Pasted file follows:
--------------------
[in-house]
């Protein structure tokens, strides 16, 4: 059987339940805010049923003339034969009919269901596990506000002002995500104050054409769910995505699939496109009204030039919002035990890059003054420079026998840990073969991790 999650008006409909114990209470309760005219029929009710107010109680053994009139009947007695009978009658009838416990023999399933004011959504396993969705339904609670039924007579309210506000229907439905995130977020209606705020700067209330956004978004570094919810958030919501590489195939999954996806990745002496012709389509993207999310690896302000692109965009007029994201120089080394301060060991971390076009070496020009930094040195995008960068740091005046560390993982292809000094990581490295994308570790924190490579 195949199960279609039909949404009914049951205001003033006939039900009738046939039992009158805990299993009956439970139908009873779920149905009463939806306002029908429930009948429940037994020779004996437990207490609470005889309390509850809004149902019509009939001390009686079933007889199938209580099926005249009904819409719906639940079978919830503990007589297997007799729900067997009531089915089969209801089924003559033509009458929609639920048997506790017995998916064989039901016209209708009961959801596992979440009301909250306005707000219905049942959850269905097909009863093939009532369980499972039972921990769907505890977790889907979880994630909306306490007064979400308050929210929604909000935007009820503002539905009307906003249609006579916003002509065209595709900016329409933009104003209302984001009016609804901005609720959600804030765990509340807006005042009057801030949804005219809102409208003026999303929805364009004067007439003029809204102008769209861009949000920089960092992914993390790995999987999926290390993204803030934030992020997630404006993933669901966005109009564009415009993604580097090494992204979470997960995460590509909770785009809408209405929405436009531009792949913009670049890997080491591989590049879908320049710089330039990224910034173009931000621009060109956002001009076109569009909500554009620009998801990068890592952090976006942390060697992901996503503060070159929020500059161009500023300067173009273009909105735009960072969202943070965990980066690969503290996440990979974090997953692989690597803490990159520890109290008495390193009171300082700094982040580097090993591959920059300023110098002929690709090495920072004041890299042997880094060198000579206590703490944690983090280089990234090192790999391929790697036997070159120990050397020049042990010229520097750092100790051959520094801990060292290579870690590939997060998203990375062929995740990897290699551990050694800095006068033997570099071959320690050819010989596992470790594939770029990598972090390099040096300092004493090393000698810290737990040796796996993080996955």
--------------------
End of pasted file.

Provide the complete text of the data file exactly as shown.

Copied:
[in-house]
């Protein structure tokens, strides 16, 4: 059987339940805010049923003339034969009919269901596990506000002002995500104050054409769910995505699939496109009204030039919002035990890059003054420079026998840990073969991790 999650008006409909114990209470309760005219029929009710107010109680053994009139009947007695009978009658009838416990023999399933004011959504396993969705339904609670039924007579309210506000229907439905995130977020209606705020700067209330956004978004570094919810958030919501590489195939999954996806990745002496012709389509993207999310690896302000692109965009007029994201120089080394301060060991971390076009070496020009930094040195995008960068740091005046560390993982292809000094990581490295994308570790924190490579 195949199960279609039909949404009914049951205001003033006939039900009738046939039992009158805990299993009956439970139908009873779920149905009463939806306002029908429930009948429940037994020779004996437990207490609470005889309390509850809004149902019509009939001390009686079933007889199938209580099926005249009904819409719906639940079978919830503990007589297997007799729900067997009531089915089969209801089924003559033509009458929609639920048997506790017995998916064989039901016209209708009961959801596992979440009301909250306005707000219905049942959850269905097909009863093939009532369980499972039972921990769907505890977790889907979880994630909306306490007064979400308050929210929604909000935007009820503002539905009307906003249609006579916003002509065209595709900016329409933009104003209302984001009016609804901005609720959600804030765990509340807006005042009057801030949804005219809102409208003026999303929805364009004067007439003029809204102008769209861009949000920089960092992914993390790995999987999926290390993204803030934030992020997630404006993933669901966005109009564009415009993604580097090494992204979470997960995460590509909770785009809408209405929405436009531009792949913009670049890997080491591989590049879908320049710089330039990224910034173009931000621009060109956002001009076109569009909500554009620009998801990068890592952090976006942390060697992901996503503060070159929020500059161009500023300067173009273009909105735009960072969202943070965990980066690969503290996440990979974090997953692989690597803490990159520890109290008495390193009171300082700094982040580097090993591959920059300023110098002929690709090495920072004041890299042997880094060198000579206590703490944690983090280089990234090192790999391929790697036997070159120990050397020049042990010229520097750092100790051959520094801990060292290579870690590939997060998203990375062929995740990897290699551990050694800095006068033997570099071959320690050819010989596992470790594939770029990598972090390099040096300092004493090393000698810290737990040796796996993080996955």